Having A Bad Time: The Theory of Undertale
Last year, I wrote a post gushing about why everyone should play the indie game Undertale, which you can read here if you haven’t played the game. This post is chock-full of spoilers. Read at your own risk.
Maybe I have a bit of an analysis addiction. Because although Undertale is an amazing, heartwarming, heartbreaking, thought-provoking video game that I think everyone should experience, my favorite thing about it isn’t the characters or the humor or the music or the story. It’s how darn meta it is.
Undertale is a game designed to make you think about games. It takes all our assumptions about game mechanics, about our roles as players, about how we are supposed to interact with and think about videos games, and rips them apart, forcing us to examine them in more depth.
Most of Undertale‘s meta-ness comes from the Genocide Run, which is the run that comes closest to traditional RPG-playing behavior. Kill all the enemies who attack you. Grind areas in order to level up. Keep fighting those tough bosses over and over until you defeat them. You can’t take more than three steps into a Genocide Run without feeling like a completely heartless monster, but the mechanics of it are nothing players haven’t seen and done many times before. The only difference here is that the bosses you destroy are portrayed as good people, and all the towns ahead of you evacuate in terror. If you play Undertale like a traditional RPG, you can’t actually fully play Undertale, because almost every element beyond killing people disappears as a consequence of your murder spree. While the Pacifist run takes around twelve hours to experience, the Genocide run takes about three (not counting fighting Sans, which we’ll get to later). You get lots of new plot information, but you don’t really get the game.
In fact, by the end of the Genocide Run, the player isn’t really even in control of the game at all. They’re helplessly watching the story unfold. One of Undertales‘s biggest horror elements is its subversion of the idea that the player always gets a say in what happens. They move the character around the screen. They pick the dialogue options. They’re the ones directing the game. But just as the Pacifist Run reveals that the player character isn’t named what the player thought they were named, the Genocide Run reveals that the player character was never under the player’s control in the first place. It has a mind of its own, and it just happened to want to share your plans for total annihilation. It starts with the player character walking forward without any instruction from the player, ignoring any puzzles entirely, and if the player ignores the many opportunities to stop being evil, it ends with the player character slaughtering any character who appears in front of them without a single button press from the player. When the player character finally turns and addresses the player, they give the appearance of one last choice — destroy the world, or stop. “Since when were you the one in control?”, the player character asks if the player attempts to back out, before giving them a jump scare, and destroying the world anyway.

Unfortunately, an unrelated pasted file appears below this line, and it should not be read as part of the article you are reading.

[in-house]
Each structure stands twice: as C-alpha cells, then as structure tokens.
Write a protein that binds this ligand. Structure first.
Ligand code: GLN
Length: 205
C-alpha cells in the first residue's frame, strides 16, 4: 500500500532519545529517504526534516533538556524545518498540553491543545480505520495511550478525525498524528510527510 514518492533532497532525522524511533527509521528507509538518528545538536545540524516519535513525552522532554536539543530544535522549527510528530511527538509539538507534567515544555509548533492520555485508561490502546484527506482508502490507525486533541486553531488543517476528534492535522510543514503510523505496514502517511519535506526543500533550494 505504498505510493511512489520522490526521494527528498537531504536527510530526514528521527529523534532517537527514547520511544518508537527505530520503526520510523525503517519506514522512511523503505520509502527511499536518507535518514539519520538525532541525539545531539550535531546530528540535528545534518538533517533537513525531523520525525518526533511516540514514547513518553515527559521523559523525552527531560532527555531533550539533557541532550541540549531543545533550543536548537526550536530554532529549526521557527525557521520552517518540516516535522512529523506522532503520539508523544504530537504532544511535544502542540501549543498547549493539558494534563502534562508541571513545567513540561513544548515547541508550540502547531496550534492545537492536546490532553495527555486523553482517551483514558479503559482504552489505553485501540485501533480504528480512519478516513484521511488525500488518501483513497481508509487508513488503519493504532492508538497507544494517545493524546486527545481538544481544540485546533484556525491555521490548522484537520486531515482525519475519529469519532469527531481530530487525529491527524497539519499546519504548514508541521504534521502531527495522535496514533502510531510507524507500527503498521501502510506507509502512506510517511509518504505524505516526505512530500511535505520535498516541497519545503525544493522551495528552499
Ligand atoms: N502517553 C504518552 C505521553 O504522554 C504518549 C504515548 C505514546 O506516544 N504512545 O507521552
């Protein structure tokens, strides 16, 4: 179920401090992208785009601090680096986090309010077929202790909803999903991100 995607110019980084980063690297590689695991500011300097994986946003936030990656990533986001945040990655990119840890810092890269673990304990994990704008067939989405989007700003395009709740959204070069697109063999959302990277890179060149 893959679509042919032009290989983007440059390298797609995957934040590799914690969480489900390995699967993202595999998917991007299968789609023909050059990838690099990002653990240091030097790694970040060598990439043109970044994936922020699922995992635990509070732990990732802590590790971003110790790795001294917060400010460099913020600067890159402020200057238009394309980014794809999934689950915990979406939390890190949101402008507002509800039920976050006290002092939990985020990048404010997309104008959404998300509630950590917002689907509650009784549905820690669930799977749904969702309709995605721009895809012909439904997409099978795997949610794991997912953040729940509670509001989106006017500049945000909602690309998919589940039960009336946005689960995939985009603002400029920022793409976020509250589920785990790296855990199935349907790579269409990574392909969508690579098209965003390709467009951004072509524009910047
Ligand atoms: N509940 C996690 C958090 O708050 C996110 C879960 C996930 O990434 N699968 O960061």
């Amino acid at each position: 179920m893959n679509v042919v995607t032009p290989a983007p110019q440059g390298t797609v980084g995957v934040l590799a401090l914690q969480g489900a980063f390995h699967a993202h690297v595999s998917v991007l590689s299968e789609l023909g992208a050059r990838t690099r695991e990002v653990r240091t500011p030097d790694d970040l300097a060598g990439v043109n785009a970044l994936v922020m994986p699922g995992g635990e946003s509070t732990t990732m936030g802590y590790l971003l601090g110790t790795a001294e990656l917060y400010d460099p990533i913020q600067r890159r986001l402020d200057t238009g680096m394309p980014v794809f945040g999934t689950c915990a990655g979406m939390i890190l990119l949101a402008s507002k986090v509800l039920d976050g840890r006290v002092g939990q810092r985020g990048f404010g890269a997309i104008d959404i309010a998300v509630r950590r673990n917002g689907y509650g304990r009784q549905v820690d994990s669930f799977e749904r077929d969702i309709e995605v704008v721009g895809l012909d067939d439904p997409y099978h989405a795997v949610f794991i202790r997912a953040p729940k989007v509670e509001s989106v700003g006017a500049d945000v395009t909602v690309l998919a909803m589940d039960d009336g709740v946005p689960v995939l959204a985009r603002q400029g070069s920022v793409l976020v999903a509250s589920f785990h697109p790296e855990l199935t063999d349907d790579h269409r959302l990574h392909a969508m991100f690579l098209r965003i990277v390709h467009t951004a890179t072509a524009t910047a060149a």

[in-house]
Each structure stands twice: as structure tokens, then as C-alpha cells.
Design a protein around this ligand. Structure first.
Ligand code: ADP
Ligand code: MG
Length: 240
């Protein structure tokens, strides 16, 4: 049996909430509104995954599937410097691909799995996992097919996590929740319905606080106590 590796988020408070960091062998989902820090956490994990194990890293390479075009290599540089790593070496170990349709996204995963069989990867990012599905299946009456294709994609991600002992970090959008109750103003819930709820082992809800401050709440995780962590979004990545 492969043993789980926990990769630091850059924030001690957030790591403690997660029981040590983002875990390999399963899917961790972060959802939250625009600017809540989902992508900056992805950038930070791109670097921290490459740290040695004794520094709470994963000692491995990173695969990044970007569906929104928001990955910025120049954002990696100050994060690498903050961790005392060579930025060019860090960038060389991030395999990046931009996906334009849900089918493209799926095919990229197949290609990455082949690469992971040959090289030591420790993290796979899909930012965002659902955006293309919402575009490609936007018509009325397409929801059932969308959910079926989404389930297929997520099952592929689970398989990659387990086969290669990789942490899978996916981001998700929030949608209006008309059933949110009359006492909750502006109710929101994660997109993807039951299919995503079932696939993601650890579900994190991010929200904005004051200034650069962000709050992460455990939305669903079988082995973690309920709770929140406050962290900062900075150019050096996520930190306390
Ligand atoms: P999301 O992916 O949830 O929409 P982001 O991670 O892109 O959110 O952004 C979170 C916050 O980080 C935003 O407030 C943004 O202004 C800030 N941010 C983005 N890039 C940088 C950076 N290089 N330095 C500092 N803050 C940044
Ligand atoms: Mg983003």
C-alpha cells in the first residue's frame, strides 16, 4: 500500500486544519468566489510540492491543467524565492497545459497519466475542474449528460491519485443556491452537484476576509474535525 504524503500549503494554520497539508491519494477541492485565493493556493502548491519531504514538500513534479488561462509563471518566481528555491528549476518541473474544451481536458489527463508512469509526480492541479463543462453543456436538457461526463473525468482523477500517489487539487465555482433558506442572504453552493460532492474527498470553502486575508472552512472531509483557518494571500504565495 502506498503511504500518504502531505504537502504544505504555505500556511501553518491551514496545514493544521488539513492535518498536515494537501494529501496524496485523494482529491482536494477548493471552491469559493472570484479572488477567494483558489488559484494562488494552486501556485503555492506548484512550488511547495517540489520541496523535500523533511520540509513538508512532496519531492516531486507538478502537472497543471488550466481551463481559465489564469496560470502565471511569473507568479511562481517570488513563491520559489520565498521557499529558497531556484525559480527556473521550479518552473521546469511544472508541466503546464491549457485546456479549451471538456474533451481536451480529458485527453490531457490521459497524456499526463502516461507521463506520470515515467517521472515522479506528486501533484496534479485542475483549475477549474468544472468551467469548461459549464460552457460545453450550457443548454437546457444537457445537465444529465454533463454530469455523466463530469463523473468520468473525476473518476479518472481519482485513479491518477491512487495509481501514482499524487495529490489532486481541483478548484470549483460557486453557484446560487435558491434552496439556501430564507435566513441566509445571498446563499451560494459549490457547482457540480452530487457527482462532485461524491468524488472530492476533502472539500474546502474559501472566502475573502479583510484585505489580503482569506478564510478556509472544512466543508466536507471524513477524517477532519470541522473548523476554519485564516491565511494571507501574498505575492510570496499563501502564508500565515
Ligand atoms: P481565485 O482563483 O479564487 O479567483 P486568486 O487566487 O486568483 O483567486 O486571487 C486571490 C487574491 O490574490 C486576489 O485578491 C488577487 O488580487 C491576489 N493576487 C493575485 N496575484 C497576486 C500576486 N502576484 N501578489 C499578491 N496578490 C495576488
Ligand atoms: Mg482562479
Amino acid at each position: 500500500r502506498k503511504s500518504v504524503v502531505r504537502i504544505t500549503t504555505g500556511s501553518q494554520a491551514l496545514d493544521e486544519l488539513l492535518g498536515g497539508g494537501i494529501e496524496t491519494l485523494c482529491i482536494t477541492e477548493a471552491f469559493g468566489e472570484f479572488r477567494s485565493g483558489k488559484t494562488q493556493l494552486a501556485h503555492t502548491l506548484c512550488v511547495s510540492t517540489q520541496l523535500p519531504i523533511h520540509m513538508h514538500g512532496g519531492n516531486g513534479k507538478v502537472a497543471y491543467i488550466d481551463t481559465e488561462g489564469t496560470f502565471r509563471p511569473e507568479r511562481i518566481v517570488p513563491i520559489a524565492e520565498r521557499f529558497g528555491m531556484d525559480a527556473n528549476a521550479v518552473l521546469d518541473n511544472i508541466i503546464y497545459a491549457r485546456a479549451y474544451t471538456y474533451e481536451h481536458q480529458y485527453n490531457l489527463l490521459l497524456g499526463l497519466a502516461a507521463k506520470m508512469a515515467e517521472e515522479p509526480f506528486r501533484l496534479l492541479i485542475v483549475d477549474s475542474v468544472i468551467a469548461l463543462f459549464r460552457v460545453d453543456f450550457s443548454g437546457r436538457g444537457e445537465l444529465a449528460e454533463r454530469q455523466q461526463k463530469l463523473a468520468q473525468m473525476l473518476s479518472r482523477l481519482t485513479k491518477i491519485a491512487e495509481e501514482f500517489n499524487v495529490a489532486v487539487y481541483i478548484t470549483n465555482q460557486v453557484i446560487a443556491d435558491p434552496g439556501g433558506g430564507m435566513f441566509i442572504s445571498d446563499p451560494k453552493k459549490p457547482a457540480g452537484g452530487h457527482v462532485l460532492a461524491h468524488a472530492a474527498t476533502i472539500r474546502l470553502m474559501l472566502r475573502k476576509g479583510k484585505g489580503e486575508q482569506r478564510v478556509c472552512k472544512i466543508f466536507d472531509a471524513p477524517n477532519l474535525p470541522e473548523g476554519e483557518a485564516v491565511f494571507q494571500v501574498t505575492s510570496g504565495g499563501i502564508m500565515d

The player character isn’t the only self-aware character in the game, not the only character with a mind of their own that stretches beyond game mechanics. The infamous fight with Sans is almost unbeatable precisely because Sans acts with an awareness of the player and their motivations. He knows the enemy can keep fighting until they win, thanks to save files, so he doesn’t aim to kill the player, but to make the fight so difficult and frustrating that the player eventually gives up instead. The only way to stop the progression of the story is to convince the player to stop playing. So he cheats with game mechanics. He attacks the player first, before they have chance to make their move. He attacks the player out of turn, inside the menu. He refuses to take his turn, because if he doesn’t move, the player can never move either.
Of course, no one plays the Genocide Run when they first start the game. People who know about the Pacifist Run, or pick up the hints from Toriel, don’t kill anybody, and “regular” players will end up on some form of the Neutral Run, killing some bosses and enemies, leaving others, before realizing where they went wrong and replaying it as a Pacific Run. Most people come to the Genocide Run because the internet told them that it revealed more of the story, or that it unlocked a different experience in the game. They do it either out of a sense of completionism, or out of pure curiosity.